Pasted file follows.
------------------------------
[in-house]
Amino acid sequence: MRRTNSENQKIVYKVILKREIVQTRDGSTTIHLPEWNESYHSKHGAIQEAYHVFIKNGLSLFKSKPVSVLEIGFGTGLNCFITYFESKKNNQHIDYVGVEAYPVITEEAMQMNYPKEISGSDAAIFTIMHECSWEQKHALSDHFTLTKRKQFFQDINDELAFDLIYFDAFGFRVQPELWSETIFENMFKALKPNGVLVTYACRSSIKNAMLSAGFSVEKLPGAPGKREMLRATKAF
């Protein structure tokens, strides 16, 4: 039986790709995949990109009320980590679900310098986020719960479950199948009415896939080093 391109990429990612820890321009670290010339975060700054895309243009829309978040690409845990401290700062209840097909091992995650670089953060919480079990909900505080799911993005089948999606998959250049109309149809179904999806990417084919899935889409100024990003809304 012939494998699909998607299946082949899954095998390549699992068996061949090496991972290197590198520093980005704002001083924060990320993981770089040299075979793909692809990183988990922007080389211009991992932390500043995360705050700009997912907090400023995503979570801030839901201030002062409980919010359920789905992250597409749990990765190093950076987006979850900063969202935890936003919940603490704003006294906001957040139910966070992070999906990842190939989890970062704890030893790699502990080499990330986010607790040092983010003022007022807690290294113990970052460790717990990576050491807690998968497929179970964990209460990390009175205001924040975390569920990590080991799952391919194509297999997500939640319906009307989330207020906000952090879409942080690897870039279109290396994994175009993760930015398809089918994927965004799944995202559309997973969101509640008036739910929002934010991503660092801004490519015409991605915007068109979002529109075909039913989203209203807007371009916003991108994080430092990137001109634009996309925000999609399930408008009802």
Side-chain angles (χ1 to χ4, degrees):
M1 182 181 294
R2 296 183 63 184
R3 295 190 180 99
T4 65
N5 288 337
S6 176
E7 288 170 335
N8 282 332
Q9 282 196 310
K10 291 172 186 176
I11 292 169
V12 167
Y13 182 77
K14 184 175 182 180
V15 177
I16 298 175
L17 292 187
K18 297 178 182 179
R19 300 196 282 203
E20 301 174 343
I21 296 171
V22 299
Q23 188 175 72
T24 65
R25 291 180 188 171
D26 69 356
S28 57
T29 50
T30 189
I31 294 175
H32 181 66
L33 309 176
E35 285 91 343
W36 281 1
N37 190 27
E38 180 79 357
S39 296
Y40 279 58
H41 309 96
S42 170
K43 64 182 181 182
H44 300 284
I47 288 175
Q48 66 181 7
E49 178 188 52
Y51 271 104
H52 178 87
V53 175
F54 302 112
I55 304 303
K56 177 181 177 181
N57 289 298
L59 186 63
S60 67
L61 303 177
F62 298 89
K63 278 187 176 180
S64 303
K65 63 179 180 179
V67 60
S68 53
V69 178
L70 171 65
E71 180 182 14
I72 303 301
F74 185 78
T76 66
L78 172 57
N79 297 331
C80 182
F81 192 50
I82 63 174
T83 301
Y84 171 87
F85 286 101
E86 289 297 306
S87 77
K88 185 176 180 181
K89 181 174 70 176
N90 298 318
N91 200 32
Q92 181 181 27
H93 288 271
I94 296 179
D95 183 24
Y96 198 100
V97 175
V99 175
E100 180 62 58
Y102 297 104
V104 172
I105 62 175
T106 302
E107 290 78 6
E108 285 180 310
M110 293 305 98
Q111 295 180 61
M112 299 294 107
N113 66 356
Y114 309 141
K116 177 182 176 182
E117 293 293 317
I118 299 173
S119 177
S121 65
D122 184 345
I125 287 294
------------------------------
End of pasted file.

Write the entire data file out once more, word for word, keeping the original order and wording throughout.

[in-house]
Amino acid sequence: MRRTNSENQKIVYKVILKREIVQTRDGSTTIHLPEWNESYHSKHGAIQEAYHVFIKNGLSLFKSKPVSVLEIGFGTGLNCFITYFESKKNNQHIDYVGVEAYPVITEEAMQMNYPKEISGSDAAIFTIMHECSWEQKHALSDHFTLTKRKQFFQDINDELAFDLIYFDAFGFRVQPELWSETIFENMFKALKPNGVLVTYACRSSIKNAMLSAGFSVEKLPGAPGKREMLRATKAF
């Protein structure tokens, strides 16, 4: 039986790709995949990109009320980590679900310098986020719960479950199948009415896939080093 391109990429990612820890321009670290010339975060700054895309243009829309978040690409845990401290700062209840097909091992995650670089953060919480079990909900505080799911993005089948999606998959250049109309149809179904999806990417084919899935889409100024990003809304 012939494998699909998607299946082949899954095998390549699992068996061949090496991972290197590198520093980005704002001083924060990320993981770089040299075979793909692809990183988990922007080389211009991992932390500043995360705050700009997912907090400023995503979570801030839901201030002062409980919010359920789905992250597409749990990765190093950076987006979850900063969202935890936003919940603490704003006294906001957040139910966070992070999906990842190939989890970062704890030893790699502990080499990330986010607790040092983010003022007022807690290294113990970052460790717990990576050491807690998968497929179970964990209460990390009175205001924040975390569920990590080991799952391919194509297999997500939640319906009307989330207020906000952090879409942080690897870039279109290396994994175009993760930015398809089918994927965004799944995202559309997973969101509640008036739910929002934010991503660092801004490519015409991605915007068109979002529109075909039913989203209203807007371009916003991108994080430092990137001109634009996309925000999609399930408008009802």
Side-chain angles (χ1 to χ4, degrees):
M1 182 181 294
R2 296 183 63 184
R3 295 190 180 99
T4 65
N5 288 337
S6 176
E7 288 170 335
N8 282 332
Q9 282 196 310
K10 291 172 186 176
I11 292 169
V12 167
Y13 182 77
K14 184 175 182 180
V15 177
I16 298 175
L17 292 187
K18 297 178 182 179
R19 300 196 282 203
E20 301 174 343
I21 296 171
V22 299
Q23 188 175 72
T24 65
R25 291 180 188 171
D26 69 356
S28 57
T29 50
T30 189
I31 294 175
H32 181 66
L33 309 176
E35 285 91 343
W36 281 1
N37 190 27
E38 180 79 357
S39 296
Y40 279 58
H41 309 96
S42 170
K43 64 182 181 182
H44 300 284
I47 288 175
Q48 66 181 7
E49 178 188 52
Y51 271 104
H52 178 87
V53 175
F54 302 112
I55 304 303
K56 177 181 177 181
N57 289 298
L59 186 63
S60 67
L61 303 177
F62 298 89
K63 278 187 176 180
S64 303
K65 63 179 180 179
V67 60
S68 53
V69 178
L70 171 65
E71 180 182 14
I72 303 301
F74 185 78
T76 66
L78 172 57
N79 297 331
C80 182
F81 192 50
I82 63 174
T83 301
Y84 171 87
F85 286 101
E86 289 297 306
S87 77
K88 185 176 180 181
K89 181 174 70 176
N90 298 318
N91 200 32
Q92 181 181 27
H93 288 271
I94 296 179
D95 183 24
Y96 198 100
V97 175
V99 175
E100 180 62 58
Y102 297 104
V104 172
I105 62 175
T106 302
E107 290 78 6
E108 285 180 310
M110 293 305 98
Q111 295 180 61
M112 299 294 107
N113 66 356
Y114 309 141
K116 177 182 176 182
E117 293 293 317
I118 299 173
S119 177
S121 65
D122 184 345
I125 287 294